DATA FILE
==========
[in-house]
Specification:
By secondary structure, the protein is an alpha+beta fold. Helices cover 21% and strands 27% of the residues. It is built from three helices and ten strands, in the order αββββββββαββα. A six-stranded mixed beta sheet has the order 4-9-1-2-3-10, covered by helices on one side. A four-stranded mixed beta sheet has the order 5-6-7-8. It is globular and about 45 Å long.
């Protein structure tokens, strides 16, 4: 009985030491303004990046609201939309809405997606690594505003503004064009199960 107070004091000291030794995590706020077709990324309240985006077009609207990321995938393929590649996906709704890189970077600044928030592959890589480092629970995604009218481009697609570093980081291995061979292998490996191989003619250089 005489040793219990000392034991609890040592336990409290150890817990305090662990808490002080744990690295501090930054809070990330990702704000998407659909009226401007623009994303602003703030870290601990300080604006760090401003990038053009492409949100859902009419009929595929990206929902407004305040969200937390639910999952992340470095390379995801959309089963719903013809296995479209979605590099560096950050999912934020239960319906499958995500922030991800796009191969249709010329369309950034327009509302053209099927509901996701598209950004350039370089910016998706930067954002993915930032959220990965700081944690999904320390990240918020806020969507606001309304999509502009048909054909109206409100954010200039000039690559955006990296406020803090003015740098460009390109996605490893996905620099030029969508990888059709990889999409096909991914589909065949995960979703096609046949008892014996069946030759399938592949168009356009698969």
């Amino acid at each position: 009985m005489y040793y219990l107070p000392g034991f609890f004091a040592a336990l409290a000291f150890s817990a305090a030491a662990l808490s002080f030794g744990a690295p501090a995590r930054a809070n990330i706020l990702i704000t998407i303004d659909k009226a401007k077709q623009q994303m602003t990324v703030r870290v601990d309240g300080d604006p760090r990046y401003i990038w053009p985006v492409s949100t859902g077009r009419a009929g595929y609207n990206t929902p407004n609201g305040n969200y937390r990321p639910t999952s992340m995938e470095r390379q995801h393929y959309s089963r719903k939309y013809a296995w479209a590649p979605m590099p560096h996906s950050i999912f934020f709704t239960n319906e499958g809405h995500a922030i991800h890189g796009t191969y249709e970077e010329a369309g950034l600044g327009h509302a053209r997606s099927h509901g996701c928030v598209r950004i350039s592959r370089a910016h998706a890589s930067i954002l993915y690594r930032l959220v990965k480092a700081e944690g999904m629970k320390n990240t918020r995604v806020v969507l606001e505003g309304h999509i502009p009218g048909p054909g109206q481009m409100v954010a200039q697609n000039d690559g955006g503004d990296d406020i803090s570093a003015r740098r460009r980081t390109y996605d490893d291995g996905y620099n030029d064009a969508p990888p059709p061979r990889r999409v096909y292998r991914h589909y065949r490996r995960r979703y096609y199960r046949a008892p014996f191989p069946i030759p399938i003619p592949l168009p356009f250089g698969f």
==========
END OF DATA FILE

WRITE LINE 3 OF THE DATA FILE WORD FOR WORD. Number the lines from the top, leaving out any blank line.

By secondary structure, the protein is an alpha+beta fold. Helices cover 21% and strands 27% of the residues. It is built from three helices and ten strands, in the order αββββββββαββα. A six-stranded mixed beta sheet has the order 4-9-1-2-3-10, covered by helices on one side. A four-stranded mixed beta sheet has the order 5-6-7-8. It is globular and about 45 Å long.